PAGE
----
What do you think is the purpose of your child’s education?  What would you like it to be?  How much of your vision is shared by the leadership at your child’s school? 

I have heard many say that the purpose of school is to prepare our children for their future. If that’s truly the case, then I’m going to challenge that perspective and invite you to consider a few things.

Our current school systems are antiquated.  They were invented during the industrial revolution in an effort to create factory workers who did what they were told and could focus on one thing all day long. This is not the world our children are going to inhabit.  Our current system has children sit in classrooms, in identical seating, with same age children.  Children are asked questions for which the answers are already known, so there is no deep sense of discovery or challenge.  In what way does that resemble any facet of our current world let alone a world 15-20 years in our future?

At some point, we stopped asking questions and striving for a different environment in our schools because most of us were educated in similar schools.  As far as we’re concerned, it worked.  We’ve grown up to be successful adults so “what’s the problem?” The problem is that our children need us to create a school environment that meets their needs and that of the future they are growing in to.  None of us can accomplish this alone, but together, we can.”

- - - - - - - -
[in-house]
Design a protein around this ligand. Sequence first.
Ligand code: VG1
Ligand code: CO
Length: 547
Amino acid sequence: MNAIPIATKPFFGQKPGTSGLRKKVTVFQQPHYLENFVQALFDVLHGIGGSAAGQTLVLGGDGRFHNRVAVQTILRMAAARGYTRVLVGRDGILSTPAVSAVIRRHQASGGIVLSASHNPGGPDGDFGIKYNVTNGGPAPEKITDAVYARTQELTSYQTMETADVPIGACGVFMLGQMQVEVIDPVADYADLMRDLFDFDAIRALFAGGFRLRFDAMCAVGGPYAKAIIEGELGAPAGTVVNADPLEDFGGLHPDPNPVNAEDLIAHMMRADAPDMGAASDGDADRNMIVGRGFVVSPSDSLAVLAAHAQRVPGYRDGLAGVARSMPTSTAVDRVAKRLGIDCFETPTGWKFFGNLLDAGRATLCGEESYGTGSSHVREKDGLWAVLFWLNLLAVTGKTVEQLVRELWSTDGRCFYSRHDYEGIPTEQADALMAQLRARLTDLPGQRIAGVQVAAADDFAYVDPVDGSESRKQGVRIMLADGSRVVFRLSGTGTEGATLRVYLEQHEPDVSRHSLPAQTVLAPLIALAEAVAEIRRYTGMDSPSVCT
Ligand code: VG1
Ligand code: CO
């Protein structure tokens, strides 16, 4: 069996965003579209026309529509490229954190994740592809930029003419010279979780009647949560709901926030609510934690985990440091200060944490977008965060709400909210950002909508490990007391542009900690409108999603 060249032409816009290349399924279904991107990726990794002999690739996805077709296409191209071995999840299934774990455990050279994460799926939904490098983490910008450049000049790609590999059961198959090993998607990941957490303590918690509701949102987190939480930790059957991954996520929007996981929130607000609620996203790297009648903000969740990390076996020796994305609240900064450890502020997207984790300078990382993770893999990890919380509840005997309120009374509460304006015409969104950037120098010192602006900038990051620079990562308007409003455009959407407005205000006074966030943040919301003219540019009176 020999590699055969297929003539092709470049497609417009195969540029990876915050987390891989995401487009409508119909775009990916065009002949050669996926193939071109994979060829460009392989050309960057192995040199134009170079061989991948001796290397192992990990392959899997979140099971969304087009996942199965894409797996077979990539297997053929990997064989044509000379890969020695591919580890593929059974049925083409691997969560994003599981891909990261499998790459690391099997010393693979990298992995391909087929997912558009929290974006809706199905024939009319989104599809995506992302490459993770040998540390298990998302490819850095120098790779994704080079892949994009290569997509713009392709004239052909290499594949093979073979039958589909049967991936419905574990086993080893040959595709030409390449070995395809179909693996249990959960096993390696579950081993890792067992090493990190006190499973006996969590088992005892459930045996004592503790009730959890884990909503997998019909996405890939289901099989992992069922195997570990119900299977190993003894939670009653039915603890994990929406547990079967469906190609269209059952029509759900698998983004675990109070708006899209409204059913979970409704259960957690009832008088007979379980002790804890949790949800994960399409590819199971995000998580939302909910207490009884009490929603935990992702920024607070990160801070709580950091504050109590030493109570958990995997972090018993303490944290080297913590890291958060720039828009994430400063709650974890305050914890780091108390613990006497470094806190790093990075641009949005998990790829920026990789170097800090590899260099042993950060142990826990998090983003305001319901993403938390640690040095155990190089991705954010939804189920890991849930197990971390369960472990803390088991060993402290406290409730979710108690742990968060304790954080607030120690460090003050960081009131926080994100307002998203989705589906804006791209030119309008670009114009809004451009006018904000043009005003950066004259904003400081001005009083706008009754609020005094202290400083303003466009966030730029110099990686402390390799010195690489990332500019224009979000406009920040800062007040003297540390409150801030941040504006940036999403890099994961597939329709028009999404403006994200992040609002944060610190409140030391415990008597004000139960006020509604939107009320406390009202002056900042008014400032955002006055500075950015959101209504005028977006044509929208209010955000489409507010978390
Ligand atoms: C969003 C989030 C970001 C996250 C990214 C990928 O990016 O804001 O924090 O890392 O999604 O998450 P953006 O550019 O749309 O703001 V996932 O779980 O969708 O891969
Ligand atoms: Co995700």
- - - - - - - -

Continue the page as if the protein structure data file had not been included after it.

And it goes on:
As Ralph Waldo Emerson said, “Do not go where the path may lead; go instead where there is no path and leave a trail.” 

Bobbi Cecio will be speaking in south Florida at the It Takes a Village Parenting Conference in Miramar on October 20.  You can learn more about her philosophy on education and her school, The Village Gate Children’s Academy, at

Monday, July 23, 2012

Modeling Play

There is a movement reasserting the developmental value of play for children.  Studies are showing that pushing young children academically at a young age is actually backfiring.  Jeff Everage presents the case for play based on our indigenous roots, and he brings it back to us, the parents, who may be modeling something other than play for our children.  Many thanks to Parkland Life Magazine for permission to reprint this article.
by Jeff Everage

Kids emulate their parents – both the things we’re proud of and those that make us blush. It’s cute when a toddler pretends to talk into a calculator like we talk into our cell phones. It’s frustrating when our 12-year-old says, “One more video game, then I’ll go outside to play,” causing you to shout that kids are supposed to want to play outside!
Why do we believe kids should play a certain way? What type of play are we teaching them to enjoy?